CHADWICK: You write about the war in Iraq today after being stationed with this Marine unit where you are looking for evidence of success in strategy, in tactics. You honestly don't find it. You're then on your way out of Iraq, you're in Baghdad, and talking to an American military officer within the Green Zone, the headquarters. There you get a discussion of strategy. What happens?
Mr. BISSELL: He was the guy that I had kept been getting pushed up to. I kept asking questions about strategy. Enlisted Marines had no--they didn't want to talk about it. They had no idea. I talked to officers. Officers had their idea of what they were doing, their mission. And I talked to the general at the base I was at. He said, `Well, that's not really my area,' and I began to become very alarmed that no one wanted to talk about strategy. And why did no one want to talk about strategy? Was it because people really didn't know what the strategy was? I do believe there is a strategy. I don't believe it's in wide circulation. But this lieutenant colonel, Boylan, he really believes that we are training the Iraqi army--we're going to train them so well that they're going to be able to defeat the insurgency, and then everything will be much better.
CHADWICK: I want to ask about your own view of the mission and what's happening there because you wrote an article that we did not interview you about but which we noted last summer that was quite critical of the anti-war movement. Because you said it was ideologically bankrupt.
Mr. BISSELL: Yeah. I considered myself someone who was neither pro- nor anti-war, and I wrote an article. It was about my ambivalence for the anti-war movement, which was framed in a discussion of Solzhenitsyn's "The Gulag Archipelago" in which Solzhenitsyn again and again attacks Western intellectuals for supporting basically Stalinism for, you know, two decades at least. And some of, you know--then there--there remain hard-core pockets of Stalinist apologists, and one of those pockets happens to be Act Now to Stop War and Racism, which is one of the biggest organizers of anti-war rallies. And these people are pro-Baathist, you know, for lack of a better term. They're pro-Kim Jong Il. They're pro-dictator. They're pro-dictatorship.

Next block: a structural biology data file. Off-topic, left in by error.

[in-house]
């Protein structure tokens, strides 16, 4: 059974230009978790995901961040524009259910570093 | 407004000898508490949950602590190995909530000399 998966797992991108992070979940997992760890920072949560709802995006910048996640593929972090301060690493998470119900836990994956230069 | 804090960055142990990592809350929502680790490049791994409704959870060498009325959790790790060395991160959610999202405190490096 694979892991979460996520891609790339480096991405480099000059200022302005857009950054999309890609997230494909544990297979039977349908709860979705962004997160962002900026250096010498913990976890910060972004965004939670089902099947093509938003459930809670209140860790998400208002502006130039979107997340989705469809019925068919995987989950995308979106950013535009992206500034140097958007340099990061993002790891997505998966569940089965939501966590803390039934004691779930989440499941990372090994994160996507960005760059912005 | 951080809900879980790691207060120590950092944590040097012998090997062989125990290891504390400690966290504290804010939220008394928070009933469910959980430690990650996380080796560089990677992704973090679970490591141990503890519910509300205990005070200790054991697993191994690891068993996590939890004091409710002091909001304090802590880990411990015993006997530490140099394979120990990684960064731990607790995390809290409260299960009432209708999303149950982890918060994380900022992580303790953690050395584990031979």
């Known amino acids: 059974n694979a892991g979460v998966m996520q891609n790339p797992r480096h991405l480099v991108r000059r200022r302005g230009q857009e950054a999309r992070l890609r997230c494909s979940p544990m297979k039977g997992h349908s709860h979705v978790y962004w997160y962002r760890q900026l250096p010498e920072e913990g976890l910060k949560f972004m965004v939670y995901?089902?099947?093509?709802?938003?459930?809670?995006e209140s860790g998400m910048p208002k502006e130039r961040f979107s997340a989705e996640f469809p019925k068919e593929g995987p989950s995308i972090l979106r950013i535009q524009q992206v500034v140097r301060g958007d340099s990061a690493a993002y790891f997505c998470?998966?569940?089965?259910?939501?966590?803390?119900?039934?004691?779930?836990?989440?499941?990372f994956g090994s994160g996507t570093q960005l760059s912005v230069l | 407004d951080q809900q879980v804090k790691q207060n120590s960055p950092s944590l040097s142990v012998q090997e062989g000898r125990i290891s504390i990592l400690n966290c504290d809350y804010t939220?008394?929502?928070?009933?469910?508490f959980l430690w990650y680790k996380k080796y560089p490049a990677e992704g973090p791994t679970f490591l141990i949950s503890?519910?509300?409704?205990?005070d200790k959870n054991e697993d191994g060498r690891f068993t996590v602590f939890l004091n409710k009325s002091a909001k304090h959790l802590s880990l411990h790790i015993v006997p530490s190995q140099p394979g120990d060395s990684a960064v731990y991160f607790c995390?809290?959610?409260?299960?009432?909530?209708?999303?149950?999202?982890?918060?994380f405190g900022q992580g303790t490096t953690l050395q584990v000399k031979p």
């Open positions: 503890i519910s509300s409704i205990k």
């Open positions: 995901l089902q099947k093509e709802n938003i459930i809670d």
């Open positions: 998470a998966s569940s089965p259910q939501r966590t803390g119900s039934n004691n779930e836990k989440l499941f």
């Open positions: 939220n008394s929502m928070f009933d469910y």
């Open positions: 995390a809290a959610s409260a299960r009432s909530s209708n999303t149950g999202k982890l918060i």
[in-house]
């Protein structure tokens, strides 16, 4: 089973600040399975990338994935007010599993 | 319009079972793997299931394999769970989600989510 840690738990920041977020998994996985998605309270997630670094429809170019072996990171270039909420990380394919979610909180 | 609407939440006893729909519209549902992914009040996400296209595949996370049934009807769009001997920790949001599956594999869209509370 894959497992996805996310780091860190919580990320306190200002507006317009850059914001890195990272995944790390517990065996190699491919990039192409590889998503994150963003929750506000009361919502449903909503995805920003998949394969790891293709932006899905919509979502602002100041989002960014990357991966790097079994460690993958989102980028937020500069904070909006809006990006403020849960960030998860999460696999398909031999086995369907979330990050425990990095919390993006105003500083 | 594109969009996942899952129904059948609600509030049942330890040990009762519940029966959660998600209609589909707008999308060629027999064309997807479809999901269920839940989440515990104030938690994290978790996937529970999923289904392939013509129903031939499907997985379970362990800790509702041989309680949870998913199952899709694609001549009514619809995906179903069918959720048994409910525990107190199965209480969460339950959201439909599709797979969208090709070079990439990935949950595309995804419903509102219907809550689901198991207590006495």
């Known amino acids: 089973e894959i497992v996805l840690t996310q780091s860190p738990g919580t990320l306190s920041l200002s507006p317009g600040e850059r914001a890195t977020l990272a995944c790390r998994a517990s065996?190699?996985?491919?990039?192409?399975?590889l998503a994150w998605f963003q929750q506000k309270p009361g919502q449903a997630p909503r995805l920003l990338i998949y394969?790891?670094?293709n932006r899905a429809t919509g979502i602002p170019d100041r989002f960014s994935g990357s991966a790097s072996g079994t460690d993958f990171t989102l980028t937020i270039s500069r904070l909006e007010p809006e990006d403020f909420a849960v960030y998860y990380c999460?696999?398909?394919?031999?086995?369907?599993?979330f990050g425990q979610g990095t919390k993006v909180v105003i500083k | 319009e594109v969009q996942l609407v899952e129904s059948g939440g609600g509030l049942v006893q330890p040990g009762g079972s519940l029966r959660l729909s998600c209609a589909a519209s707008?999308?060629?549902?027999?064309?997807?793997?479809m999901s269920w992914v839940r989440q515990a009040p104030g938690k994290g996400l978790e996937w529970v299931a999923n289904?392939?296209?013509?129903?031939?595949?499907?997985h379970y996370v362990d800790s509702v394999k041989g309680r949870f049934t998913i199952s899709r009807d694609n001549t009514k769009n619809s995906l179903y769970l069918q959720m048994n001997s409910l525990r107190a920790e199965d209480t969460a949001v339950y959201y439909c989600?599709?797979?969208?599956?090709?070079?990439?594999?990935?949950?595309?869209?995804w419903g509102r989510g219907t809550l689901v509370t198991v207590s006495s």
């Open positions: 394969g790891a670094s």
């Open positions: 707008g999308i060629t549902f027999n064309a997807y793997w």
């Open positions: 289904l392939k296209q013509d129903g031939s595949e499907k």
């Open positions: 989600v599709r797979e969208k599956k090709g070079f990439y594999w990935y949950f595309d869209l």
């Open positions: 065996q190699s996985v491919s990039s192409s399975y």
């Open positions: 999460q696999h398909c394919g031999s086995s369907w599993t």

And I wrote a piece about the anguish I felt about having to throw my lot in with such people. And like a lot of people who are ambivalent about the war, I spent an inordinate amount of time writing about how dumb the anti-war movement was, and I'll be perfectly honest with you now, and I spent a lot of time asking myself why that seemed important to me. I have a very hard time figuring out where I stand on this, and I'm hoping that I will come to some sort of peace about where, you know, my feelings, intellectually and emotionally, really are on it.
CHADWICK: Tom Bissell is a writer based in New York. His article about Iraq is the cover story in this month's Harper's Magazine. Tom, thank you.
Mr. BISSELL: Thank you, Alex.
BRAND: Stay with us on DAY TO DAY from NPR News.
NPR transcripts are created on a rush deadline by a contractor for NPR, and accuracy and availability may vary. This text may not be in its final form and may be updated or revised in the future. Please be aware that the authoritative record of NPR's programming is the audio.